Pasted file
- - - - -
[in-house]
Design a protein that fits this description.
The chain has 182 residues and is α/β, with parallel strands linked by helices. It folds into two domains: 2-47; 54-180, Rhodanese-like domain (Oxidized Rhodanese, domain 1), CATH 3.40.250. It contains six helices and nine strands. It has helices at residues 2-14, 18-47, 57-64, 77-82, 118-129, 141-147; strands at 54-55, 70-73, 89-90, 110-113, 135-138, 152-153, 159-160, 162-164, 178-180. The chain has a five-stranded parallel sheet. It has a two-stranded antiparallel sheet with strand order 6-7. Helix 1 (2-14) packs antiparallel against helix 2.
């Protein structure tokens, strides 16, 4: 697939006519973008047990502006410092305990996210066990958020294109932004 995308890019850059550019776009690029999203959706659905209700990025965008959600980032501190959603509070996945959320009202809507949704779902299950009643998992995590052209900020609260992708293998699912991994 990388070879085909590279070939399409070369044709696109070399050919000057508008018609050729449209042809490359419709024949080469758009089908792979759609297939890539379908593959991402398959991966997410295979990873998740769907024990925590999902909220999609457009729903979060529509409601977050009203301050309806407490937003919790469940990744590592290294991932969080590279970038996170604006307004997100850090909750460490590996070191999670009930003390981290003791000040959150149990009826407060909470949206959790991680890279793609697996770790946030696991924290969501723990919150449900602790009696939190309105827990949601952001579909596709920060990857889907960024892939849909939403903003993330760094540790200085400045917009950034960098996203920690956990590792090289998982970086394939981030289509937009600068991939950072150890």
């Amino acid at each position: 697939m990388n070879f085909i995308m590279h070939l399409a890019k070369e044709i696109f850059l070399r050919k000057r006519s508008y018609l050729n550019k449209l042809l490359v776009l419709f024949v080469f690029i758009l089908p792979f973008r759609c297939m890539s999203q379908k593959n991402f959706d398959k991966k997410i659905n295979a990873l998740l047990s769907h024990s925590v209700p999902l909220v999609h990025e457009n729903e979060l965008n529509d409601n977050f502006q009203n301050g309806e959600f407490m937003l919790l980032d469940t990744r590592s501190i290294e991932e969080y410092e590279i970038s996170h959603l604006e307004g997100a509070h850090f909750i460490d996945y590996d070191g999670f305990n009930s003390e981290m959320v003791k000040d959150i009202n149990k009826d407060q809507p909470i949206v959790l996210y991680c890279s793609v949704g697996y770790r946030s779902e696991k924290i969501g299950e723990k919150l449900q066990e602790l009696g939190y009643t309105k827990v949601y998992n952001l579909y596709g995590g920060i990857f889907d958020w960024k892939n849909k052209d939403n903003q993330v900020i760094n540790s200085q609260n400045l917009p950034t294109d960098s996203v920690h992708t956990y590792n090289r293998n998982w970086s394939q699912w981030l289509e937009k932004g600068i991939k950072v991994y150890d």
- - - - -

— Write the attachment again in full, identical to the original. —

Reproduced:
[in-house]
Design a protein that fits this description.
The chain has 182 residues and is α/β, with parallel strands linked by helices. It folds into two domains: 2-47; 54-180, Rhodanese-like domain (Oxidized Rhodanese, domain 1), CATH 3.40.250. It contains six helices and nine strands. It has helices at residues 2-14, 18-47, 57-64, 77-82, 118-129, 141-147; strands at 54-55, 70-73, 89-90, 110-113, 135-138, 152-153, 159-160, 162-164, 178-180. The chain has a five-stranded parallel sheet. It has a two-stranded antiparallel sheet with strand order 6-7. Helix 1 (2-14) packs antiparallel against helix 2.
């Protein structure tokens, strides 16, 4: 697939006519973008047990502006410092305990996210066990958020294109932004 995308890019850059550019776009690029999203959706659905209700990025965008959600980032501190959603509070996945959320009202809507949704779902299950009643998992995590052209900020609260992708293998699912991994 990388070879085909590279070939399409070369044709696109070399050919000057508008018609050729449209042809490359419709024949080469758009089908792979759609297939890539379908593959991402398959991966997410295979990873998740769907024990925590999902909220999609457009729903979060529509409601977050009203301050309806407490937003919790469940990744590592290294991932969080590279970038996170604006307004997100850090909750460490590996070191999670009930003390981290003791000040959150149990009826407060909470949206959790991680890279793609697996770790946030696991924290969501723990919150449900602790009696939190309105827990949601952001579909596709920060990857889907960024892939849909939403903003993330760094540790200085400045917009950034960098996203920690956990590792090289998982970086394939981030289509937009600068991939950072150890």
């Amino acid at each position: 697939m990388n070879f085909i995308m590279h070939l399409a890019k070369e044709i696109f850059l070399r050919k000057r006519s508008y018609l050729n550019k449209l042809l490359v776009l419709f024949v080469f690029i758009l089908p792979f973008r759609c297939m890539s999203q379908k593959n991402f959706d398959k991966k997410i659905n295979a990873l998740l047990s769907h024990s925590v209700p999902l909220v999609h990025e457009n729903e979060l965008n529509d409601n977050f502006q009203n301050g309806e959600f407490m937003l919790l980032d469940t990744r590592s501190i290294e991932e969080y410092e590279i970038s996170h959603l604006e307004g997100a509070h850090f909750i460490d996945y590996d070191g999670f305990n009930s003390e981290m959320v003791k000040d959150i009202n149990k009826d407060q809507p909470i949206v959790l996210y991680c890279s793609v949704g697996y770790r946030s779902e696991k924290i969501g299950e723990k919150l449900q066990e602790l009696g939190y009643t309105k827990v949601y998992n952001l579909y596709g995590g920060i990857f889907d958020w960024k892939n849909k052209d939403n903003q993330v900020i760094n540790s200085q609260n400045l917009p950034t294109d960098s996203v920690h992708t956990y590792n090289r293998n998982w970086s394939q699912w981030l289509e937009k932004g600068i991939k950072v991994y150890d």